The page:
- They can lead to resource guarding – Our dogs love squeaky toys because they mimic prey – something our dogs instinctually love and react to, but something they don’t often get access to living in a domestic environment. So for some dogs, getting a hold of something that mimics prey is downright awesome…and they are going to protect it (like they would if they were wild). This can lead to a slew of problems down the road.
- They are annoying – Ok. Truth is the truth. I…can’t…take the sound of a non-stop squeaky toy in my house full of Malinois. It’s just too much for me to bear. And my sanity is important (and it’s barely hanging on by a thread 😉 ).
Of course, like I said, there are some dogs that do just fine with squeaky toys. They are happy- go-lucky by nature, aren’t obsessive, won’t tear the toy apart in search of the squeaker, and don’t struggle with engagement. If that describes your dog, you can stop reading. Squeaky toys will likely be just fine for you.
But if you plan to use toys in your training, and you struggle with engagement and building the correct mechanics of play, you might want to ditch anything with a squeaker…and fast!
So now what? You’ve got a dog that loves squeaky toys, and you want to give them things that are fun and safe, but that help drive you towards your goal of having an engaged and focused companion. You’re going to ditch the squeaky toy. What toys do you choose instead?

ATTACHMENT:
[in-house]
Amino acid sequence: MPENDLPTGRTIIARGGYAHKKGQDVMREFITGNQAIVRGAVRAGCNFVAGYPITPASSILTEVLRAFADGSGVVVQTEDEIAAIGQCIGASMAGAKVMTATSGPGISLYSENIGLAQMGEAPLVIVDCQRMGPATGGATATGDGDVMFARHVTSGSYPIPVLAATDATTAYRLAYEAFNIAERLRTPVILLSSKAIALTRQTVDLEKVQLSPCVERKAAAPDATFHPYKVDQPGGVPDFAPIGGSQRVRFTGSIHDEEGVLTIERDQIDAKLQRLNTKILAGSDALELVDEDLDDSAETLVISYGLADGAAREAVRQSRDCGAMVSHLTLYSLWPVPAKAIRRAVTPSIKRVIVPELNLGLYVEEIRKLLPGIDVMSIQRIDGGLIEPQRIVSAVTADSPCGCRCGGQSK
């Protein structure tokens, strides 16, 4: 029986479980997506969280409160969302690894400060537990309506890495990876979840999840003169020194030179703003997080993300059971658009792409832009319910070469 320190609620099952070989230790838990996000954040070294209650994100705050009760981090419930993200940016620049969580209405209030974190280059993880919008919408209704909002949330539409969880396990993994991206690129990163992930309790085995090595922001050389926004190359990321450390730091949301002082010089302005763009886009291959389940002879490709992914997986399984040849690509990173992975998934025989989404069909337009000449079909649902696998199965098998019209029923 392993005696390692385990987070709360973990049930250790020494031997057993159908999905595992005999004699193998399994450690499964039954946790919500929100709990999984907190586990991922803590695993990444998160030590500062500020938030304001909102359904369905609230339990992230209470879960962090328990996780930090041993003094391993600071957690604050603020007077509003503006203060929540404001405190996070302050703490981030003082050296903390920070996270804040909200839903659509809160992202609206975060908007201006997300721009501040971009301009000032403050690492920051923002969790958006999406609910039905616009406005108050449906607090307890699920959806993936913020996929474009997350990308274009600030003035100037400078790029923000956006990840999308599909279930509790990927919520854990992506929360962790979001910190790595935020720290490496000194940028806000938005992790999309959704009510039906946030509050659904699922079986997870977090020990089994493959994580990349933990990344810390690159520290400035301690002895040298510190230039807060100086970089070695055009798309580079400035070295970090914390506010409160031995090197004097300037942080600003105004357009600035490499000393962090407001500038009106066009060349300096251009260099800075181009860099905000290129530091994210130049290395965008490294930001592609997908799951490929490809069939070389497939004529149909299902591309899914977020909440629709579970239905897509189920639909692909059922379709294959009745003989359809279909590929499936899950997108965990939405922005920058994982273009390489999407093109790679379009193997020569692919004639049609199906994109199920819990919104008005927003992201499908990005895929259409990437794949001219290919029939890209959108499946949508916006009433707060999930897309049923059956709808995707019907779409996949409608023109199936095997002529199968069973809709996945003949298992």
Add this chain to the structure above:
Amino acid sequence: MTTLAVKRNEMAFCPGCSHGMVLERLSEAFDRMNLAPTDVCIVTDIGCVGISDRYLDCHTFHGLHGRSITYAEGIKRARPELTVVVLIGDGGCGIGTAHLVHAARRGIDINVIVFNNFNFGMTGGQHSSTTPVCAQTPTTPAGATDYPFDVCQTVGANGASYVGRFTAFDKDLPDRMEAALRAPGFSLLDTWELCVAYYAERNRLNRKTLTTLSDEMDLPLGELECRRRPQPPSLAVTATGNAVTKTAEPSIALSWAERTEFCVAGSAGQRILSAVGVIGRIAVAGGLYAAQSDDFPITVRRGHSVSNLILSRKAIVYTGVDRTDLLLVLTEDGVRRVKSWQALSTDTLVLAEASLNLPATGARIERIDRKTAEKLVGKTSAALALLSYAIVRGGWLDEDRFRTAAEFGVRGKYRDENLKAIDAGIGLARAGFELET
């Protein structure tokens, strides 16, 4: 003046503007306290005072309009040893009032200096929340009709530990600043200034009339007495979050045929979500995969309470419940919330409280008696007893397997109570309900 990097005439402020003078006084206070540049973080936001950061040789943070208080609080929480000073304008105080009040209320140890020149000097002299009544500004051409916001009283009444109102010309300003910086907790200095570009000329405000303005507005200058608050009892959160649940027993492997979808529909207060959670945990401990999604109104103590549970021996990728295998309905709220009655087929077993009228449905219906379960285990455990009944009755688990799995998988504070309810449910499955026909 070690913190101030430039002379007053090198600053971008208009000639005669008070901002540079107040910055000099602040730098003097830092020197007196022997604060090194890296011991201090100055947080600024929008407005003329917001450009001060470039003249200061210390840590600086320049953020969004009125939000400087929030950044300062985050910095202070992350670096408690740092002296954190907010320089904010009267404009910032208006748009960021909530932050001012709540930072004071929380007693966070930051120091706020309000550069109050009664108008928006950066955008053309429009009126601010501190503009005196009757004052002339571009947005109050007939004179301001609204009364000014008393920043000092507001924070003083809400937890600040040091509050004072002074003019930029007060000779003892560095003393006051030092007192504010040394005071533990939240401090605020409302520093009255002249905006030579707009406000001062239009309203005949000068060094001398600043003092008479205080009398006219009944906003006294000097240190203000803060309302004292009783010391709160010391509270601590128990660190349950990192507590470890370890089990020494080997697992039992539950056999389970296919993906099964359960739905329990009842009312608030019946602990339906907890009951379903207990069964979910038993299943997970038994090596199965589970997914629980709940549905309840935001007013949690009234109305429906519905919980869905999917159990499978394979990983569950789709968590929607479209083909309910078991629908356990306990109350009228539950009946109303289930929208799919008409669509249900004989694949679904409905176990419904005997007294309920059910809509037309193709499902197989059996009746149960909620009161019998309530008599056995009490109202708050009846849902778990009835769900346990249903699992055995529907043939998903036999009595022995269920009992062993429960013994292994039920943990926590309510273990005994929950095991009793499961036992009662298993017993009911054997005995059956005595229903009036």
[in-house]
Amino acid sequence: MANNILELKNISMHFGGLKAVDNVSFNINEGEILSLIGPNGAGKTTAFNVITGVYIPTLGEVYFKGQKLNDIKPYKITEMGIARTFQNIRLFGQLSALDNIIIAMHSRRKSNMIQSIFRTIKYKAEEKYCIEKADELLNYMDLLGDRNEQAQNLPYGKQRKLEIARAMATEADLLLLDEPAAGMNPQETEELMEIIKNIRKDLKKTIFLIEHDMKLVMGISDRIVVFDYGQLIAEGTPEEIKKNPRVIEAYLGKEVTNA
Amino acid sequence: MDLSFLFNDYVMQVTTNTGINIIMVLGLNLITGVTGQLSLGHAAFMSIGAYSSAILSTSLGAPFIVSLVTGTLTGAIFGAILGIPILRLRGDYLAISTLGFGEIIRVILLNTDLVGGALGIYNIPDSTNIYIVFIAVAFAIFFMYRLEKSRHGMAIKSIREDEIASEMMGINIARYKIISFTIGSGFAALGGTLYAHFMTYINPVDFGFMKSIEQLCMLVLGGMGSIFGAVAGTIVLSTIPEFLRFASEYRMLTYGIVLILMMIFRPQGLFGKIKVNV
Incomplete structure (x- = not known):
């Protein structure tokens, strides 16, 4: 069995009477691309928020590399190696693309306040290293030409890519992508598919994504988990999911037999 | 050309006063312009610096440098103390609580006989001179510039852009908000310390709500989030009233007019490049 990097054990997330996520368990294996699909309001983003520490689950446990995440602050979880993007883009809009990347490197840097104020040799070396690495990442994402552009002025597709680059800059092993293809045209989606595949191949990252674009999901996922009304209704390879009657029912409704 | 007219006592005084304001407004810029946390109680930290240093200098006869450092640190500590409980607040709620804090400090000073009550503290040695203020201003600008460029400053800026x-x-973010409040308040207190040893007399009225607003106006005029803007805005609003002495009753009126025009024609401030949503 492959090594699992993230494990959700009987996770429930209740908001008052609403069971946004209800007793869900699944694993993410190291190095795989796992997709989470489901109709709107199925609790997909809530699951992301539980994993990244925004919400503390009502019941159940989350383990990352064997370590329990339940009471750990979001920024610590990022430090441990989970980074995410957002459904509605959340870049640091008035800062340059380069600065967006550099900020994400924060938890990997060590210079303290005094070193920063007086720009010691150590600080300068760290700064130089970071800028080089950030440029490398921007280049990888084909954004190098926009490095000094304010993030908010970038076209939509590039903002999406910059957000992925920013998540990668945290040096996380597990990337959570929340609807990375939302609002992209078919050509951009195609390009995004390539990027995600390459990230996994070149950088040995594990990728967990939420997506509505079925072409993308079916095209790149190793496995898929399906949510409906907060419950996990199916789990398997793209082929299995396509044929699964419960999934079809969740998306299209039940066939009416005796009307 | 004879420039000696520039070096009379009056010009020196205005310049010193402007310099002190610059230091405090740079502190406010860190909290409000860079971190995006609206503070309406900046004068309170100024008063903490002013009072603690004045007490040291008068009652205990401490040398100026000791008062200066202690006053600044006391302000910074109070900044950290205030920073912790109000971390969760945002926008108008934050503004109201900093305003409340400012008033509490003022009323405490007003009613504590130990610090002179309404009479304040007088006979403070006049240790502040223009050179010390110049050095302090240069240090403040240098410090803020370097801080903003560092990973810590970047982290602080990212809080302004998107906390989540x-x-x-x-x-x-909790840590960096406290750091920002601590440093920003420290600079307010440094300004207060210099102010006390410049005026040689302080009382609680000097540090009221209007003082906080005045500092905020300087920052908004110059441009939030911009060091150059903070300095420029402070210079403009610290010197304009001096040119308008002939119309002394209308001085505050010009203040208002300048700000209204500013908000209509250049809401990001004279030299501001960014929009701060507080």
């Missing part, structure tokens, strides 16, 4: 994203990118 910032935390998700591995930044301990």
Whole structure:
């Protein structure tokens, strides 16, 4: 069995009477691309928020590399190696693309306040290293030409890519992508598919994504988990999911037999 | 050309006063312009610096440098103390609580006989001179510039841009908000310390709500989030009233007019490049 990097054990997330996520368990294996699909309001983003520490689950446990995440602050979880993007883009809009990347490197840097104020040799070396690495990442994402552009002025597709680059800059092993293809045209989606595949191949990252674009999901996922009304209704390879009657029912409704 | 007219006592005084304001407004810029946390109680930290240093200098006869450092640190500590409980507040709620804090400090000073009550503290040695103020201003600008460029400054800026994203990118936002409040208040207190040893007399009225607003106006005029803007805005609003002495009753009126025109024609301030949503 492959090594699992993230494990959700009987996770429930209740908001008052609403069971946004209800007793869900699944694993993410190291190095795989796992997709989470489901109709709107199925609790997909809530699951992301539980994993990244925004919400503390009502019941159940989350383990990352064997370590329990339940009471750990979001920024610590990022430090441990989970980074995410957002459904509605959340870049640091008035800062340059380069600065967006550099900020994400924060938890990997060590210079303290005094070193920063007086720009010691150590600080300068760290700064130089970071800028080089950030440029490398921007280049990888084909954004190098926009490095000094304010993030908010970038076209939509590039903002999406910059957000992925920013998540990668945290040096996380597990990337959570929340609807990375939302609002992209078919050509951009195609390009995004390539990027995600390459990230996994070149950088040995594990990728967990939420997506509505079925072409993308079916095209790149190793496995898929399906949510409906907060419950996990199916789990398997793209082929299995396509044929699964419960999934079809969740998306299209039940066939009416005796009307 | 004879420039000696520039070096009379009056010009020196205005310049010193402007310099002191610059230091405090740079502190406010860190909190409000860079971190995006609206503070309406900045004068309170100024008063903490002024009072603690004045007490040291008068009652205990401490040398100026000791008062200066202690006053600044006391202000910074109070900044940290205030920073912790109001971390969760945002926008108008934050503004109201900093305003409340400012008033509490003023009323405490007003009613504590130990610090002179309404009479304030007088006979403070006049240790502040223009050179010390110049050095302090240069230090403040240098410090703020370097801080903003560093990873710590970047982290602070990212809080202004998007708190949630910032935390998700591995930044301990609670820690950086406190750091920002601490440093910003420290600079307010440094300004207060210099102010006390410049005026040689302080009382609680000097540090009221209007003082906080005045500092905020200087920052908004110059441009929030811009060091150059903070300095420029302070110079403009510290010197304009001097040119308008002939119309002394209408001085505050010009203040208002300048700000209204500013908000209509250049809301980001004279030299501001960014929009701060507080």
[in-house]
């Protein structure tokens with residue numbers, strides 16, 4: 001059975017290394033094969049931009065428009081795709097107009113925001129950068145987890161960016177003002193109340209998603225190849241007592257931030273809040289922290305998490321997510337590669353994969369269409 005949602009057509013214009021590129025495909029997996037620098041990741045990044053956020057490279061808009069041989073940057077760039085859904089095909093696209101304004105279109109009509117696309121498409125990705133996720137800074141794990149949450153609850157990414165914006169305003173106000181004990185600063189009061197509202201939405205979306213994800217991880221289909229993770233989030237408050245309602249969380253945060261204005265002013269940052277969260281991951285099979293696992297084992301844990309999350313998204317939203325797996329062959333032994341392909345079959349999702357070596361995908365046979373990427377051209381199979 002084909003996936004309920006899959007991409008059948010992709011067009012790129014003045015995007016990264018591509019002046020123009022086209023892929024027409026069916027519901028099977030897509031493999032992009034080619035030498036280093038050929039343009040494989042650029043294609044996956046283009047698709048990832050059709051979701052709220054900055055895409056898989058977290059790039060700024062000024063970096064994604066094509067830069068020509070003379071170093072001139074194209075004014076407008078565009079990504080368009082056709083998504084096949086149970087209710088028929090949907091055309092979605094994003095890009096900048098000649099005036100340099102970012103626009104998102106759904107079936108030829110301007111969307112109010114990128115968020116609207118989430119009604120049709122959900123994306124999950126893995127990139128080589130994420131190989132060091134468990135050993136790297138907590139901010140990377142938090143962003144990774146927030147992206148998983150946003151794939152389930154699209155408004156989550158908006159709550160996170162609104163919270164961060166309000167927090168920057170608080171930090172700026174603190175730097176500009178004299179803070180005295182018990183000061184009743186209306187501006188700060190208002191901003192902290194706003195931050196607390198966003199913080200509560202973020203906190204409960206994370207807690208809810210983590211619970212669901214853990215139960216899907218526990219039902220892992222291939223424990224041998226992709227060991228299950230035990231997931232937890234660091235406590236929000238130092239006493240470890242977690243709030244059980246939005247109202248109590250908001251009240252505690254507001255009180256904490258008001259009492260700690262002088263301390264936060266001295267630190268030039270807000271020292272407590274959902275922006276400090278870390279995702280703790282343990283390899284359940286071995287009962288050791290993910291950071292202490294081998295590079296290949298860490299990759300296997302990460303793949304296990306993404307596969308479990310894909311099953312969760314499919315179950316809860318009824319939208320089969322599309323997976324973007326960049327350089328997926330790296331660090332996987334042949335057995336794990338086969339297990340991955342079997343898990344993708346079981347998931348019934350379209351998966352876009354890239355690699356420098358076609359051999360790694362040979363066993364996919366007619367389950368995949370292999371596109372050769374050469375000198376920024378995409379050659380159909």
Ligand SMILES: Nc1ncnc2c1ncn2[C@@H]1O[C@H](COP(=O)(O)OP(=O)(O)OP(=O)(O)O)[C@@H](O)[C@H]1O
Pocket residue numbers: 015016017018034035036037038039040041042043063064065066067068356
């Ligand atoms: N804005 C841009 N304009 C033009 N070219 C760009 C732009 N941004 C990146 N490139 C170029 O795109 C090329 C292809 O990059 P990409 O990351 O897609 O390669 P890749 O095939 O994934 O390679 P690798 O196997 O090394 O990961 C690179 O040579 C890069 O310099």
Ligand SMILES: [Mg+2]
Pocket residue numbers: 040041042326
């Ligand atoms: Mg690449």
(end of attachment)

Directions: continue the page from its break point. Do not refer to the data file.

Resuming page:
Here are some guidelines.
- Choose toys that are age-appropriate and dog-appropriate – This means choose toys your dog isn’t going to destroy instantly, but aren’t so hard that they aren’t comfortable for your dog to play with. Every dog is different. While some dogs can have a soft plush toy without incident, others (like MY dogs) would shred a soft toy in a split second, leaving behind dangerous pieces of stuffing that I don’t want them to swallow. So choose a toy that can stand up to your dog. I tend to choose softer toys for younger dogs, and tougher toys for adult dogs.
- Choose toys that promote engagement – Choose toys where the dog needs to interact with YOU as opposed to getting satisfaction on their own. Some of my favs – Starmark Foam Ball on a Rope and French Linen Tug Toys (In fact, those are pretty much the only two toys I keep around!). Both are sturdy and allow YOU to be part of the game.
- Choose toys your dog can’t swallow – Listen, I know you might think it won’t happen, and dogs play with tennis balls all the time. But I personally know multiple people who have lost dogs to choking on tennis balls. So please, I beg you, if your dog likes toys, choose something they can’t swallow whole. (If you go for the Starmark Foam Ball on a Rope, choose the Large one for big dogs.)
Listen, I know your dog might love his squeaky toy. And I know this might be hard. But I love cake (almost as much as my Malinois loves squeaky toys). And having it all the time isn’t good for me. On occasion, sure. It can be ok. But for the most part, it shouldn’t be a staple in my everyday diet. And even on that rare occasion that I do have it, it isn’t good for me. Something I have to remember every time I indulge.
Squeaky toys activate our dog’s natural prey drive in a way that can be counterproductive to our goals of boosting engagement and focus and using strategic play in training. So if that is what you are after, you might want to think hard about your toy choice. It might be difficult to ditch Fido’s favorite squeaker but I promise, his focus, your relationship, and your sanity will be better for it in the end.